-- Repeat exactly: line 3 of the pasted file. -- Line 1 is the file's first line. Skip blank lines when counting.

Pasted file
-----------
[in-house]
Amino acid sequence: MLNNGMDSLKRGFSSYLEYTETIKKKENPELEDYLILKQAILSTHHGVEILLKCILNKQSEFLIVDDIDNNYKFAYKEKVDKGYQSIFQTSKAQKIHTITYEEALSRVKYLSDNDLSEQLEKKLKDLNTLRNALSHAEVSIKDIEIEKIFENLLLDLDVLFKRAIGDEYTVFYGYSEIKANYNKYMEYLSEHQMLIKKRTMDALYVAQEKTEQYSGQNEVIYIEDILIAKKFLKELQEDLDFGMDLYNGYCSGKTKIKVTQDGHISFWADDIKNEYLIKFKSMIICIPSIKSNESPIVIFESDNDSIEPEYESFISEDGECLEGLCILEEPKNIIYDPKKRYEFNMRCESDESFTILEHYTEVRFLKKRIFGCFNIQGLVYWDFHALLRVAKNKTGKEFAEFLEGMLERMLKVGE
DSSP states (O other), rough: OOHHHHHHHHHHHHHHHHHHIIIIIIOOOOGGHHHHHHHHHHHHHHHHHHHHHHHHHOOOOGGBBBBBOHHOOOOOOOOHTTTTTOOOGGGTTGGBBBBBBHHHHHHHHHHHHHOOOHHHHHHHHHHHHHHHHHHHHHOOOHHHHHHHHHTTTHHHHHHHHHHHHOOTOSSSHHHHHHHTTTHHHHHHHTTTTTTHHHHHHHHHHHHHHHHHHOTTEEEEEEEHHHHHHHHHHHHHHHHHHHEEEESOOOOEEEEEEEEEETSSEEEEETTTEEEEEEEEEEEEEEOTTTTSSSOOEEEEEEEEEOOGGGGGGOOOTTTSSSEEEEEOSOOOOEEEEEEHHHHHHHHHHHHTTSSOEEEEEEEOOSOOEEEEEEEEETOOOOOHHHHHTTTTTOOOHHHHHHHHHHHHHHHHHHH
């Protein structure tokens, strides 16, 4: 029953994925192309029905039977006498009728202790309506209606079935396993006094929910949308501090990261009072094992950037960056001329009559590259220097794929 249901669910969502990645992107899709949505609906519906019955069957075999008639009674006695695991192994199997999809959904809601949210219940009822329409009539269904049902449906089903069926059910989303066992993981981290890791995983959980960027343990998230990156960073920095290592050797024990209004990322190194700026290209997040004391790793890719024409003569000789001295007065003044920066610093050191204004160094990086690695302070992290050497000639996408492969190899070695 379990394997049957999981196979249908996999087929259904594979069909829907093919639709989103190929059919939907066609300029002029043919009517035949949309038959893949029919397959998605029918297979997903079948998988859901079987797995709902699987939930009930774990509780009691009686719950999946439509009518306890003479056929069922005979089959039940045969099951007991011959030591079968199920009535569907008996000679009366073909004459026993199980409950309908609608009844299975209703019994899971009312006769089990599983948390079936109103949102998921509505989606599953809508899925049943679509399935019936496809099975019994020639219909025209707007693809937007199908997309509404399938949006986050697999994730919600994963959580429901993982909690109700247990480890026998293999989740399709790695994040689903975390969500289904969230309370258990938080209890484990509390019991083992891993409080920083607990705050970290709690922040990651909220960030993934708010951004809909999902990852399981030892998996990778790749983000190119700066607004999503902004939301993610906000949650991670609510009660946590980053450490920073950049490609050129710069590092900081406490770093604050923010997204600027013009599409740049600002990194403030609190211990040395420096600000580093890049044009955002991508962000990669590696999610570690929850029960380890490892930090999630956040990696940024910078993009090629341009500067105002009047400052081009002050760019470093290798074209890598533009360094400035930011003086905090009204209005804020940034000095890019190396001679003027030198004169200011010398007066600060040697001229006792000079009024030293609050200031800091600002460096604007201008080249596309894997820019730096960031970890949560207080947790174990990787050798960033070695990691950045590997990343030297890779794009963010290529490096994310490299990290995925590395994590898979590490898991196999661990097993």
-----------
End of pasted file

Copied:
DSSP states (O other), rough: OOHHHHHHHHHHHHHHHHHHIIIIIIOOOOGGHHHHHHHHHHHHHHHHHHHHHHHHHOOOOGGBBBBBOHHOOOOOOOOHTTTTTOOOGGGTTGGBBBBBBHHHHHHHHHHHHHOOOHHHHHHHHHHHHHHHHHHHHHOOOHHHHHHHHHTTTHHHHHHHHHHHHOOTOSSSHHHHHHHTTTHHHHHHHTTTTTTHHHHHHHHHHHHHHHHHHOTTEEEEEEEHHHHHHHHHHHHHHHHHHHEEEESOOOOEEEEEEEEEETSSEEEEETTTEEEEEEEEEEEEEEOTTTTSSSOOEEEEEEEEEOOGGGGGGOOOTTTSSSEEEEEOSOOOOEEEEEEHHHHHHHHHHHHTTSSOEEEEEEEOOSOOEEEEEEEEETOOOOOHHHHHTTTTTOOOHHHHHHHHHHHHHHHHHHH